Inventory valuation represents the method a company uses to account for goods sold and retained in the general ledger. A few common methods include first in, first out, last in, first out and the weighted average calculation. Companies can typically select which one works best for their accounting inventory system. Each valuation method has benefits for inventory management.
First In, First Out
FIFO requires companies to sell oldest inventory items first. For example, a company purchases inventory goods on March 1 for $10 and again on March 15 for $12, respectively. FIFO requires all goods priced at $10 sell first during a company’s operations. This will result in lower cost of goods sold and higher net income on the income statement. Inventory reported on the balance sheet is higher as cheaper goods sell first.
Last In, First Out
LIFO is the opposite of the FIFO method. Using the example above, goods costing $12 will sell first under the LIFO method. This will result in higher cost of goods sold and lower net income on the company’s income statement. The company’s inventory balance reported on its balance sheet will be lower as the cheaper goods remain in inventory. A significant disadvantage to this valuation method is the potential for spoiled or obsolete inventory as companies retain older inventory goods.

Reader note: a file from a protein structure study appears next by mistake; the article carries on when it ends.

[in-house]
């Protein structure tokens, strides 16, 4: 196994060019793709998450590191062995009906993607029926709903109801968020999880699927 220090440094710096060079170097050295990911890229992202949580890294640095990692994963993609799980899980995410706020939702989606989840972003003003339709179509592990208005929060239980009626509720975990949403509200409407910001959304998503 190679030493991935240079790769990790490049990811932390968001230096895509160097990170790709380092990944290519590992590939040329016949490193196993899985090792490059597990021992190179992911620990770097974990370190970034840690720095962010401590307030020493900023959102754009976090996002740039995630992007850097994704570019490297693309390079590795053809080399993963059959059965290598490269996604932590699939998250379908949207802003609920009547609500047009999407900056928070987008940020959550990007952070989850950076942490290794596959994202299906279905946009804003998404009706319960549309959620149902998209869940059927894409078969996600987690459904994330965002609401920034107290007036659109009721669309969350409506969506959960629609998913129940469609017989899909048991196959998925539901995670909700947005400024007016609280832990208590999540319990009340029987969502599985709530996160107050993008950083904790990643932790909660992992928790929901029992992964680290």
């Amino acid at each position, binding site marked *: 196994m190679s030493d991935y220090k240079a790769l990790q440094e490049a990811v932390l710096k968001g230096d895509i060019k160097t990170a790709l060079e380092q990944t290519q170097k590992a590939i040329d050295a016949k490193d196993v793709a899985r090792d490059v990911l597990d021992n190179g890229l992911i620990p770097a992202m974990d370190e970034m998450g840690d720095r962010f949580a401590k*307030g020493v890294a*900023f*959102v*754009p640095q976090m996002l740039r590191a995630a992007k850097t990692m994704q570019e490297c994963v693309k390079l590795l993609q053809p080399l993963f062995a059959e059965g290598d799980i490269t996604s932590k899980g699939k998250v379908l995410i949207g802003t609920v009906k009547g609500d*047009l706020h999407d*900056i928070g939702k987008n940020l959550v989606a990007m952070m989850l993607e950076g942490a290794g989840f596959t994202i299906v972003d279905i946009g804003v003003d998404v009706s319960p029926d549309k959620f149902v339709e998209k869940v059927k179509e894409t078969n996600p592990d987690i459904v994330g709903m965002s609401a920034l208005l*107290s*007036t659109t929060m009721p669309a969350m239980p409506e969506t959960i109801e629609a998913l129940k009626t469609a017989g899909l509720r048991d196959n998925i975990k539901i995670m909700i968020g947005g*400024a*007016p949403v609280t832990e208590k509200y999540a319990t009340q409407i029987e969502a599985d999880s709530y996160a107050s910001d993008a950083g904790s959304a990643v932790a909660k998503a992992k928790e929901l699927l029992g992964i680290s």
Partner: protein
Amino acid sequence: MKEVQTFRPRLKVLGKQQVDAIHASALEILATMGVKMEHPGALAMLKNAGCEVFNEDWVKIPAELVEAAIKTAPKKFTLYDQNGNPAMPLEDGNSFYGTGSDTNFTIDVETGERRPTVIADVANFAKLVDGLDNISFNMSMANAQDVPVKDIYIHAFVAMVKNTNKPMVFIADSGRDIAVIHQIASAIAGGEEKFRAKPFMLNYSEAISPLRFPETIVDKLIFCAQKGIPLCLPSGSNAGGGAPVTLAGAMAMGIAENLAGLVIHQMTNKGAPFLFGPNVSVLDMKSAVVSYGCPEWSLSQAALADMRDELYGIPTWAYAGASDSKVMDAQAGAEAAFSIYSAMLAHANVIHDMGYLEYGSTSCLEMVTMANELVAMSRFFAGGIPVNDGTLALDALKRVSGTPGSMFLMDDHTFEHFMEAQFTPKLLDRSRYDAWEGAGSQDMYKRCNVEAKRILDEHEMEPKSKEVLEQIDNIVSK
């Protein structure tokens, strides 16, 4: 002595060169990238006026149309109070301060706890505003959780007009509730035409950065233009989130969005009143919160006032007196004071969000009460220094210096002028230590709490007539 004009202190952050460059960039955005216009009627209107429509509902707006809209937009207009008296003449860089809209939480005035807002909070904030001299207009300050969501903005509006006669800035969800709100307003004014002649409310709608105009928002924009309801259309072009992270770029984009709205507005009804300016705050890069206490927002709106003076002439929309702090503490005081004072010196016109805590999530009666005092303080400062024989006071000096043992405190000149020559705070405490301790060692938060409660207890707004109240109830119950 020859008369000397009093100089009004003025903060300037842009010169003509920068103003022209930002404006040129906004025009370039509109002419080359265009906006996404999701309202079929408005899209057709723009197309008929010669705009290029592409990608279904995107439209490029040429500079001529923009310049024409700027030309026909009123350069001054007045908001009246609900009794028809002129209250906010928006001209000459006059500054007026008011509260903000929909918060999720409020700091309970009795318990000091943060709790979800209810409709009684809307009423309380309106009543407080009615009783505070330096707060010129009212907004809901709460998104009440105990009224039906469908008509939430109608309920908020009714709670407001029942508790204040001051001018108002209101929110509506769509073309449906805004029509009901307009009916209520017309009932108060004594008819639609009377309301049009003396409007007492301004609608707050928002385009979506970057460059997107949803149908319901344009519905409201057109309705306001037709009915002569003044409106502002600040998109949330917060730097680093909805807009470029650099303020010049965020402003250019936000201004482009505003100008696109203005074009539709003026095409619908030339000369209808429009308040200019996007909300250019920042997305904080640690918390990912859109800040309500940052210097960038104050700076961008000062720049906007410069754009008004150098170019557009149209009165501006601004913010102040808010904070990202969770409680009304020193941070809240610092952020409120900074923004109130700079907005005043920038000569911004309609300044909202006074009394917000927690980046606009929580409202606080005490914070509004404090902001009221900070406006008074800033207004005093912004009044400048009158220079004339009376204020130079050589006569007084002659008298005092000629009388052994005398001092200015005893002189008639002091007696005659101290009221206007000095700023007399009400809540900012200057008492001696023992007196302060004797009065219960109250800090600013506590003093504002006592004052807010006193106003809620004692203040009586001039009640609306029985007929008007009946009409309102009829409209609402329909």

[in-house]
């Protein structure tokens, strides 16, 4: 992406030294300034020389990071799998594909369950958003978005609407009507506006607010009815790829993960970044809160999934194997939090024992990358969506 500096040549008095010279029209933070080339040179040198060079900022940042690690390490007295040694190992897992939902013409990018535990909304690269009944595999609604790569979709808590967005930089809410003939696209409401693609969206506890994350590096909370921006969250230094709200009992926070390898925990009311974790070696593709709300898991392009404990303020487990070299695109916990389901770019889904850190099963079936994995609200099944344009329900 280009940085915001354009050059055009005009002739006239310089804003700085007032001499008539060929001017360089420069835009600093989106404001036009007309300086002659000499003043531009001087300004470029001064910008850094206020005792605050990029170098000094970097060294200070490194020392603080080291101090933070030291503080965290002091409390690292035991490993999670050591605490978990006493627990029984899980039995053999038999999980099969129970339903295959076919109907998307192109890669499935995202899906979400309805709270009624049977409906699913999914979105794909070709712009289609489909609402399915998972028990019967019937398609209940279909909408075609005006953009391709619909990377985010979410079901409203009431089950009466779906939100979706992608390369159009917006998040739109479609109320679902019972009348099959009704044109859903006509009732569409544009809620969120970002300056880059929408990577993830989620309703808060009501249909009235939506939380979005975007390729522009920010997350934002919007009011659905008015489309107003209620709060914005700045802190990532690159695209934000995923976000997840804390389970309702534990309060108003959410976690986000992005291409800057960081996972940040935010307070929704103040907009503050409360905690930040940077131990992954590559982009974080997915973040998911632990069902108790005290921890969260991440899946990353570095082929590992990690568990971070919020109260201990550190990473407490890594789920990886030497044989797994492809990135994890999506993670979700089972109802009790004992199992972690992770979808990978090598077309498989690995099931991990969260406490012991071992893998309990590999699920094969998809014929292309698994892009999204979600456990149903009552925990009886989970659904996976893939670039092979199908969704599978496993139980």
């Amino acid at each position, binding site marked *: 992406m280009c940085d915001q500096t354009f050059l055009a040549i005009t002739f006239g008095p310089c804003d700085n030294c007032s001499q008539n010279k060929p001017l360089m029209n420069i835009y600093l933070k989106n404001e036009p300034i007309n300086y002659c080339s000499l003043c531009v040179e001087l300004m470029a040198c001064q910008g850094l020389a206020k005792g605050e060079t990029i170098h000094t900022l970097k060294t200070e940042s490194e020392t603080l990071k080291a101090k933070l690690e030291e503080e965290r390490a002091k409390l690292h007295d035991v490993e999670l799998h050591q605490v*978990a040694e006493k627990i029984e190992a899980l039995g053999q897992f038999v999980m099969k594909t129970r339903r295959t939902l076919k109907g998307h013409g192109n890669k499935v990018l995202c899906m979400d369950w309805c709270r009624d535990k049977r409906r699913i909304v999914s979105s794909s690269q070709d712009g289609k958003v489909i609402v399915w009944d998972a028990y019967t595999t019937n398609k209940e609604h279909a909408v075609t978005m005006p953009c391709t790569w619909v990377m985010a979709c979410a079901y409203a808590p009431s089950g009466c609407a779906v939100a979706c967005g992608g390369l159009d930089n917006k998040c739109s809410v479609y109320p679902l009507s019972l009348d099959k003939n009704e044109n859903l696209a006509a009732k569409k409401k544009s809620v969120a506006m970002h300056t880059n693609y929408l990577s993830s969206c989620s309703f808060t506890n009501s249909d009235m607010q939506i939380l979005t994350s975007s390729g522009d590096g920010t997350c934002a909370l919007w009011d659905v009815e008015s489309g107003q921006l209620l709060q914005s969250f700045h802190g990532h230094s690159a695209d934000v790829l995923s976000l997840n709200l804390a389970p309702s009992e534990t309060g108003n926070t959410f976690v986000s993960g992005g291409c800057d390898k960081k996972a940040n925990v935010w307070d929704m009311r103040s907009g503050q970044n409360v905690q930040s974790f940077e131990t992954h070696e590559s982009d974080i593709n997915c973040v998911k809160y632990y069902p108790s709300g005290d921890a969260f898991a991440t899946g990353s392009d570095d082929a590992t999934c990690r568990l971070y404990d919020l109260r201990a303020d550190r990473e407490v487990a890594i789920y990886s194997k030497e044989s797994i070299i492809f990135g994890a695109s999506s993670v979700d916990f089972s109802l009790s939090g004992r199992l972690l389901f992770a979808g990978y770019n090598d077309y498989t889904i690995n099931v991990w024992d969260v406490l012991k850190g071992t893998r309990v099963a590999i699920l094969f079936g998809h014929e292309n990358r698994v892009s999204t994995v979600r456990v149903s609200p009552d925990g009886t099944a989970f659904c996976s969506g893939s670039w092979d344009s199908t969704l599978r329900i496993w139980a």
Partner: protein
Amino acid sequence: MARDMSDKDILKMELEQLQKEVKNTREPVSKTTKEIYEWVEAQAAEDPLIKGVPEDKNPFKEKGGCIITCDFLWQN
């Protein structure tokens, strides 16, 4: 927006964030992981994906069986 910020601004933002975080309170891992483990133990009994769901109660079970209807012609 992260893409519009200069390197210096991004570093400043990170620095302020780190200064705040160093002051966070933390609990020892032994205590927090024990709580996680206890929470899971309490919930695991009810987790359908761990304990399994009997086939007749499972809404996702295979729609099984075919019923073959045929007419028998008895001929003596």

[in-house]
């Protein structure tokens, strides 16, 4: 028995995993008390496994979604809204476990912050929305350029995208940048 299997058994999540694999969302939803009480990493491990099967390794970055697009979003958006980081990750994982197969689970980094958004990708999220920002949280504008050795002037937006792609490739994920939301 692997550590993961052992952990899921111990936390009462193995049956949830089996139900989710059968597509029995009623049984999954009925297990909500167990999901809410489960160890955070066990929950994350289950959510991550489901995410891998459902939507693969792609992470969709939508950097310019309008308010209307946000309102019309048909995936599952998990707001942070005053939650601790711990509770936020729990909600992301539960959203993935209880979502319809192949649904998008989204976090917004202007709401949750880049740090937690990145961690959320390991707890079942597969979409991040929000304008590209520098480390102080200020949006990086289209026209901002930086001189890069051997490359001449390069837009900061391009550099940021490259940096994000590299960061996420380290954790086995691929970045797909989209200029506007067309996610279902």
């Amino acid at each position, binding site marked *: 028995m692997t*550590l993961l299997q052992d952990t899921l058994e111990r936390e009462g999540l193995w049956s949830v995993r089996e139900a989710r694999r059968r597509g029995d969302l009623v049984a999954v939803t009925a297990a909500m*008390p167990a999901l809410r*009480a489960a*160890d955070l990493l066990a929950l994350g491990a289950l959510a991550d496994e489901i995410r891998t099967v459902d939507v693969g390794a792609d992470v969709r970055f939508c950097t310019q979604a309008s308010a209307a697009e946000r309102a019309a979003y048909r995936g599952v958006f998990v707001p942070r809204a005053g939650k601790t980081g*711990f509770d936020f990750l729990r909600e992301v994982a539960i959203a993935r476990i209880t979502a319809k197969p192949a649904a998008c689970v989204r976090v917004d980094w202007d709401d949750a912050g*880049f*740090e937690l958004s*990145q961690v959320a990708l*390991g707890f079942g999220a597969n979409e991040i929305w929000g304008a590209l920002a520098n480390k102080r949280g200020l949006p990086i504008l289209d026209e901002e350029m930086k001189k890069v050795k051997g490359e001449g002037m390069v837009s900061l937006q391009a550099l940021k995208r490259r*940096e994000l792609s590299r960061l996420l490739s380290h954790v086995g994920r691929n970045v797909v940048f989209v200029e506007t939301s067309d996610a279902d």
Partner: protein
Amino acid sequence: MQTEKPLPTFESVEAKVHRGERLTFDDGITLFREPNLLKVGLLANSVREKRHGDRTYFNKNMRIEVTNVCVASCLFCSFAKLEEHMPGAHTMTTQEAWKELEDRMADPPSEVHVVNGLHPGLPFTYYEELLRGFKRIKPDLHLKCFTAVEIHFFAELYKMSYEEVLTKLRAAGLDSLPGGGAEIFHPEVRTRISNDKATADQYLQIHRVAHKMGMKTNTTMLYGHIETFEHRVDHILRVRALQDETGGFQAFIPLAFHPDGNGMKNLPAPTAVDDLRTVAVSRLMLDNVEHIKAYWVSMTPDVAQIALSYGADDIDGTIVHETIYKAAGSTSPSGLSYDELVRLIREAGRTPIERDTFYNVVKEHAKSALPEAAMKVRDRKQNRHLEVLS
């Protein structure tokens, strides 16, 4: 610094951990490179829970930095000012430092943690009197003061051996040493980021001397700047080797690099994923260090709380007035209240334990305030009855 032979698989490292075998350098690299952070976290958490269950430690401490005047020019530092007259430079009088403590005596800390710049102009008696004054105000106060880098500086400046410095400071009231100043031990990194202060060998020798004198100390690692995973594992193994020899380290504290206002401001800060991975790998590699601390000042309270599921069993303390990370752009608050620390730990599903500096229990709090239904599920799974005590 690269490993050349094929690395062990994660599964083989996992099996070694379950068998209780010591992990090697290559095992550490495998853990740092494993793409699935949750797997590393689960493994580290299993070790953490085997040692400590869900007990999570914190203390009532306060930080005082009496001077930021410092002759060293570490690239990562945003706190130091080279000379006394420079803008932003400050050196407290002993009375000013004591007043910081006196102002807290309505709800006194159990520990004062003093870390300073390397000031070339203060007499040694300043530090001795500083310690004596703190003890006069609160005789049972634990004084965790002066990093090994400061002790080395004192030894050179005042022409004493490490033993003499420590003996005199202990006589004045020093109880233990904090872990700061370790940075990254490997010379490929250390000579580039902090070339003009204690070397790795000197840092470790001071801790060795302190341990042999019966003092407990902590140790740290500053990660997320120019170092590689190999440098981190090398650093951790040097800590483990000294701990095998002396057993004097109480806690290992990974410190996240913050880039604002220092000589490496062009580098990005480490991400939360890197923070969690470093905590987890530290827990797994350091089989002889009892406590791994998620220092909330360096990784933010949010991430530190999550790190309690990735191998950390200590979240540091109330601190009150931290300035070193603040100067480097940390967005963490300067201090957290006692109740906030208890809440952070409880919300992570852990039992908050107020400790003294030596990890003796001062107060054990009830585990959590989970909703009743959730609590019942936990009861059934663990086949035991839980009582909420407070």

The weighted average method does not track which goods sell first. Companies will simply take the cost for all inventory items — $10 and $12 from the previous example — and average them together. Inventory goods will then sell at a cost of $11 per item. This method is often simple as computerized inventory systems will average inventory automatically if necessary for companies. Weighted average inventory also creates a smoother balance between cost of goods sold and final inventory balance.
Companies may be subject to the lower-of-cost-or-market rule when accounting for inventory. This principle requires companies to reduce inventory items if the market value is different from historical cost. Automotive dealerships often face this issue. For example, holding previous model cars for several years will reduce the value of this inventory. Companies must write off the inventory cost reduction as a loss against net income. This reduces the company’s inventory asset value and net income for an accounting period.
- "Fundamental Financial Accounting Concepts"; Thomas P. Edmonds, et al.; 2011
Kirk Thomason began writing in 2011. In addition to years of corporate accounting experience, he teaches online accounting courses for two universities. Thomason holds a Bachelor and Master of Science in accounting.